Triangle tests

December 2, 2012
By

(This article was first published on Wiekvoet, and kindly contributed to R-bloggers)

Introduction

A triangle test is a test beloved by sensory scientists for its simplicity and general use in detecting presence of product differences. The principle is simple. Test subjects get served three samples. One of these contains A, two of these contain B. The test subject has the task to indicate which is the odd sample. If enough odd samples are selected then the samples are declared different. The reverse may also happen. If few enough odd samples are selected the products are declared 'same'. This is a commercially relevant question as A may contain ingredients which are cheaper or from a competing supplier.

Statistical Testing 

As follows from the setup, the chance to select the odd sample is 1/3 under H0; products are the same. This allows calculation of the critical values. For 10 to 50 triangles these are plotted below.
The alpha is not quite 5%. It is guaranteed to be at least most 5%. The figure below shows that most of the time the tests are conservative. The jumps are because of the discrete nature of triangle tests. For 10 tests the critical value is the same as for 11 tests, resulting in a difference in alpha.
The same effect is seen in the error of the second kind. The figure below shows power for the alternative test of 60% correct. The figure also shows that in the neighborhood of 30 triangles must be done to have faith in the ability to detect a sample which gives 60% correct.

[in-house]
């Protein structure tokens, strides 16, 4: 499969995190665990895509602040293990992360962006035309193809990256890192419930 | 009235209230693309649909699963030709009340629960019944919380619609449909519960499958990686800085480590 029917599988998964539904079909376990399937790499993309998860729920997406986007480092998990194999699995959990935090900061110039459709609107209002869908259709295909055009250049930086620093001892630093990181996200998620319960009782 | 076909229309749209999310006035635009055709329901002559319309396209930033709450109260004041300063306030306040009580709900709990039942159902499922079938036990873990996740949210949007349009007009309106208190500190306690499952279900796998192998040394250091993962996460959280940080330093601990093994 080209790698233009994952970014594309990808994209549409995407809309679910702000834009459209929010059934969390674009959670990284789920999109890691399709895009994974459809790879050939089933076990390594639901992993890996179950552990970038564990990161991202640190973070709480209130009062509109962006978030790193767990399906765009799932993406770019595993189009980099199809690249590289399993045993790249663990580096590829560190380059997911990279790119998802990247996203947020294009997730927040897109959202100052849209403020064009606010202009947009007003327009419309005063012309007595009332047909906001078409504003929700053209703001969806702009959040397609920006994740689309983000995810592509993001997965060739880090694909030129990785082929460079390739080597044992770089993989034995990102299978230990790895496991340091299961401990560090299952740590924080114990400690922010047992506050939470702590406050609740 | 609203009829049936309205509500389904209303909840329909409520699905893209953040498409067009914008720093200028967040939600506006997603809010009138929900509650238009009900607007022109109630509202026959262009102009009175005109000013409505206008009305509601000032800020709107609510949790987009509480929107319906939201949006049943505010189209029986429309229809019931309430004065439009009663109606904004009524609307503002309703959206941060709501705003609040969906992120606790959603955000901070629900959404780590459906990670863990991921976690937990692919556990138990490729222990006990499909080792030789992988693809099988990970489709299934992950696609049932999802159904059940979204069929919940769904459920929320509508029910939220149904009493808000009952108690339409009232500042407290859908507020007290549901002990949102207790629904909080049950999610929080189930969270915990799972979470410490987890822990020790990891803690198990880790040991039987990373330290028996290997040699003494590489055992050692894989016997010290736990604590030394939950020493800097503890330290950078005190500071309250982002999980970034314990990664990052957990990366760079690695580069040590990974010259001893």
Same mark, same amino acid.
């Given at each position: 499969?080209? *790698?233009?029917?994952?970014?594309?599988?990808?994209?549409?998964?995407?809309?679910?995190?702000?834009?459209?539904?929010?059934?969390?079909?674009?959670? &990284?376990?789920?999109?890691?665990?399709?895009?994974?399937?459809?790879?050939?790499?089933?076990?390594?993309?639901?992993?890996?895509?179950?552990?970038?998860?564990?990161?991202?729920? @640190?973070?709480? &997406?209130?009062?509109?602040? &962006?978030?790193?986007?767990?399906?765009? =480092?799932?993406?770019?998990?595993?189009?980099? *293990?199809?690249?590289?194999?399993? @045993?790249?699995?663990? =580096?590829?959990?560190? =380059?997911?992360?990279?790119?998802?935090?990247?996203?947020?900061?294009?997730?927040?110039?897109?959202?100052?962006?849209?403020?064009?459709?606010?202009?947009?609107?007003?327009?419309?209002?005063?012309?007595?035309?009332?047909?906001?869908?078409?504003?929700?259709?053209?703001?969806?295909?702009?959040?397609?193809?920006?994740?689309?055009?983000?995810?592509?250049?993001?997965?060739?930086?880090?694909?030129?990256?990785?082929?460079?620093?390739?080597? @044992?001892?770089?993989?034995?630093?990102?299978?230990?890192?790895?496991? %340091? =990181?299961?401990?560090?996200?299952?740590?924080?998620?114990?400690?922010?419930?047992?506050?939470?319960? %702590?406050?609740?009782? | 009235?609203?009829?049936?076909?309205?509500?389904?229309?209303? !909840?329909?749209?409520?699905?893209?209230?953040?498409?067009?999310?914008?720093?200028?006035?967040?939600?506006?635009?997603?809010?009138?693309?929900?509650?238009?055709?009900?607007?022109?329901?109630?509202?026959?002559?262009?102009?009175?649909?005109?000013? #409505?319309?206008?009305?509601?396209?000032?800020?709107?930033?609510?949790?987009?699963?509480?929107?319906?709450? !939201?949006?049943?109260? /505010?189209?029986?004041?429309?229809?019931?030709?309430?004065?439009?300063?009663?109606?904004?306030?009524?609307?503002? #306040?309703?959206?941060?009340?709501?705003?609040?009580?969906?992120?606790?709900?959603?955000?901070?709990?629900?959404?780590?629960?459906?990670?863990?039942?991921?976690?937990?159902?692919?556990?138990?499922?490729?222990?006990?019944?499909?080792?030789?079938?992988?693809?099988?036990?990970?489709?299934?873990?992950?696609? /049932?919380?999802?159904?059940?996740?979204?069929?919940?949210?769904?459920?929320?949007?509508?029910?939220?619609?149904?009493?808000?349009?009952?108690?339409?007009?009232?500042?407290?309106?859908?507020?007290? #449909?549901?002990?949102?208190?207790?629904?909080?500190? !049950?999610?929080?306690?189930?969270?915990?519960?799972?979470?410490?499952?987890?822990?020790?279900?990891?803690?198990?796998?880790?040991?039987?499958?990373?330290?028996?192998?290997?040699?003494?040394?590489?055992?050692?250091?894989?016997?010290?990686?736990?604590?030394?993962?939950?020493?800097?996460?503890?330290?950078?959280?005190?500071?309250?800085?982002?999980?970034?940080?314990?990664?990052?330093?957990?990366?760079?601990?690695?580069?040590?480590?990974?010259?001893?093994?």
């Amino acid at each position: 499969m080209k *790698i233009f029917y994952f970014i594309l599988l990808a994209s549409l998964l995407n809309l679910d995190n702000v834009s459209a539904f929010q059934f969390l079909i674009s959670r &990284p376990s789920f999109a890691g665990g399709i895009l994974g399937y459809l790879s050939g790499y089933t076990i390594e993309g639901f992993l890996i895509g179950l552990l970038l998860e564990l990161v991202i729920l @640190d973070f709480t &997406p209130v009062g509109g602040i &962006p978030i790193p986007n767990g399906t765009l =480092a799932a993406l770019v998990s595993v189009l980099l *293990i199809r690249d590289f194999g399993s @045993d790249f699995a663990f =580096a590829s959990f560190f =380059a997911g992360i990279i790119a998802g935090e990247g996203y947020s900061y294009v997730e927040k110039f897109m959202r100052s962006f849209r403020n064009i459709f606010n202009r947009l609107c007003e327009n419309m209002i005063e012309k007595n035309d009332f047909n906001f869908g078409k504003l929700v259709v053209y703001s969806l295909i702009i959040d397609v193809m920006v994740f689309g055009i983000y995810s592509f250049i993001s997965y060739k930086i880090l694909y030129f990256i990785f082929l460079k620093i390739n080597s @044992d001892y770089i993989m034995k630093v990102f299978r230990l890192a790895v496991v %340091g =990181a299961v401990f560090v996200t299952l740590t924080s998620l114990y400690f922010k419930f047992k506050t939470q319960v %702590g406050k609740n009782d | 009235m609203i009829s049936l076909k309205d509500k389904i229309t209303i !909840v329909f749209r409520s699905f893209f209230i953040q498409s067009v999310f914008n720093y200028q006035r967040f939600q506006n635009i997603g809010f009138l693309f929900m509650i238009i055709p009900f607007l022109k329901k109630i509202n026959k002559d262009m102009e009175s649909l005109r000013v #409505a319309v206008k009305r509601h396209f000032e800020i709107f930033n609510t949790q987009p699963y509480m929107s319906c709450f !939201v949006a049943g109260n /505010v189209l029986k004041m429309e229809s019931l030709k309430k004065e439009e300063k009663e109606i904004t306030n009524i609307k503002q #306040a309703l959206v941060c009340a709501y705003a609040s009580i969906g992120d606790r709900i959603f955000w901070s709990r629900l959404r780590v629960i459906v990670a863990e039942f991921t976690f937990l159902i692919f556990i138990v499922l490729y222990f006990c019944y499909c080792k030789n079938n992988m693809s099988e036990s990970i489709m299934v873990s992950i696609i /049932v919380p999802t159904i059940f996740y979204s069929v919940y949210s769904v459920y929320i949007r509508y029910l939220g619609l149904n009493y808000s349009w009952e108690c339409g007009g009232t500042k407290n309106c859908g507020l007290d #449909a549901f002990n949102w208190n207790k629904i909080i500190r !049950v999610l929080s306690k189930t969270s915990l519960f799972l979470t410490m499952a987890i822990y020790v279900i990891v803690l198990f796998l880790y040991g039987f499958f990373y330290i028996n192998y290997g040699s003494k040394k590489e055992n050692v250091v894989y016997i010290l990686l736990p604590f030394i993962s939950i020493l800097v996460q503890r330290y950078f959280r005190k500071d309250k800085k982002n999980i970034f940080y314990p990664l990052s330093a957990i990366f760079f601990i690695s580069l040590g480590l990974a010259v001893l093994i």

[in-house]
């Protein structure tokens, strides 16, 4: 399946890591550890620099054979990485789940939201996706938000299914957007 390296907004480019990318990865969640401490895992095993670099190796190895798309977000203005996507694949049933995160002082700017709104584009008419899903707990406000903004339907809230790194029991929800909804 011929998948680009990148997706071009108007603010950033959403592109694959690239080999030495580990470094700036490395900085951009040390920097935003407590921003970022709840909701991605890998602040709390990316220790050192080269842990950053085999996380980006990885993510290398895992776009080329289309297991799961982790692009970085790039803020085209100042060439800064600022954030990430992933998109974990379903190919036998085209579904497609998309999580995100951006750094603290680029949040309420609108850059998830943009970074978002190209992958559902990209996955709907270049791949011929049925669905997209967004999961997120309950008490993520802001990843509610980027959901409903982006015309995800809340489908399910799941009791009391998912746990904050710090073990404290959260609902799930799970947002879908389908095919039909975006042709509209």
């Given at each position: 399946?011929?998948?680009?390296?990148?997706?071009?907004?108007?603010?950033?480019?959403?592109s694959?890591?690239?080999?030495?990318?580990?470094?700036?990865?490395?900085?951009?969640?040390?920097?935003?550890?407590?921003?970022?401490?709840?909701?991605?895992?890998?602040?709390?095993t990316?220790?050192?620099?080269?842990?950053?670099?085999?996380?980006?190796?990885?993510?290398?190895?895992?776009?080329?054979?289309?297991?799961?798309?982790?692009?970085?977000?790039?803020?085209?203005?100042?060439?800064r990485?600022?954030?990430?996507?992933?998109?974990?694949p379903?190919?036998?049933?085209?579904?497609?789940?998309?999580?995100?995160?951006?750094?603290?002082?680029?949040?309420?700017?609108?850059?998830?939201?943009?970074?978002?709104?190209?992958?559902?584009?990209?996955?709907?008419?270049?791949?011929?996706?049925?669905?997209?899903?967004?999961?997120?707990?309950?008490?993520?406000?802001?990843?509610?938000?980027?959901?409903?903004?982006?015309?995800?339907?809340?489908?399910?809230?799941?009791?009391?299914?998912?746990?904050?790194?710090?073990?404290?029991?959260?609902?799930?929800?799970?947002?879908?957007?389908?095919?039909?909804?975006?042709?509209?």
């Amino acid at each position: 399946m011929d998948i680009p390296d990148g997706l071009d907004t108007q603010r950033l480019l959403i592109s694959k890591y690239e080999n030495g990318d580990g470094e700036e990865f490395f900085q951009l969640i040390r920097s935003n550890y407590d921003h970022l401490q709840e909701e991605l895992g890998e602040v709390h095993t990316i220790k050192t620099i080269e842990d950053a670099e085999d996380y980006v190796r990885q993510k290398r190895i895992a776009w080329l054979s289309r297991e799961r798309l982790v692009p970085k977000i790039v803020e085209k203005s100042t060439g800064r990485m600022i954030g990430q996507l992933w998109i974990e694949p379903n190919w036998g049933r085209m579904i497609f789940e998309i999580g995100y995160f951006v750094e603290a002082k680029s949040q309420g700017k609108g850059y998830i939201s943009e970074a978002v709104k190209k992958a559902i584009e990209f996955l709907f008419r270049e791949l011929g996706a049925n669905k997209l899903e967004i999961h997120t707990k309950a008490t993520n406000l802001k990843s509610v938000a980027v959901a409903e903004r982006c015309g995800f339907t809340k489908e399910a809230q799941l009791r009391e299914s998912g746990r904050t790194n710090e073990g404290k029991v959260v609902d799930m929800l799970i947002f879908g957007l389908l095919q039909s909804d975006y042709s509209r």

This leads to the question: what could be detected with 90% power? This is plotted below. Extreme cases, say 70% or 80% correct can be detected quite easy. Problem is, these are not relevant. In general creation or application staff would reject these before going to the sensory lab. Hence 30 to 40 tests is in general found the minimum to test when searching to declare samples close enough.


R script

triangle <- data.frame(n=10:50)
triangle$crit.val95 <- qbinom(.95,triangle$n,prob=1/3)
triangle$ph0 <- pbinom(triangle$crit.val,triangle$n,1/3)
triangle$pow.6 <- pbinom(triangle$crit.val95,triangle$n,.6,lower.tail=FALSE)
triangle$get.pow.90 <- sapply(1:nrow(triangle), function(row) {
      uniroot(function(x) 
          pbinom(triangle$crit.val95[row],
                 triangle$n[row],x,lower.tail=FALSE)
            -.90,
          interval=c(1/3,1))$root
    }
)

plot(crit.val95~n,data=triangle,xlab='Number of triangles',type='b',
    ylab='Critical value',main='Triangle test at 95%')

plot(ph0~n,data=triangle,xlab='Number of triangles',type='b',
    ylab='1-alpha',main='Triangle test at 95%')

plot(pow.6~n,data=triangle,xlab='Number of triangles',type='b',
    ylab='Power for H1 (60% correct)',main='Triangle test at 95%')

plot(get.pow.90~n,data=triangle,xlab='Number of triangles',type='b',
    ylab='Proportion correct for 90% power',main='Triangle test at 95%')





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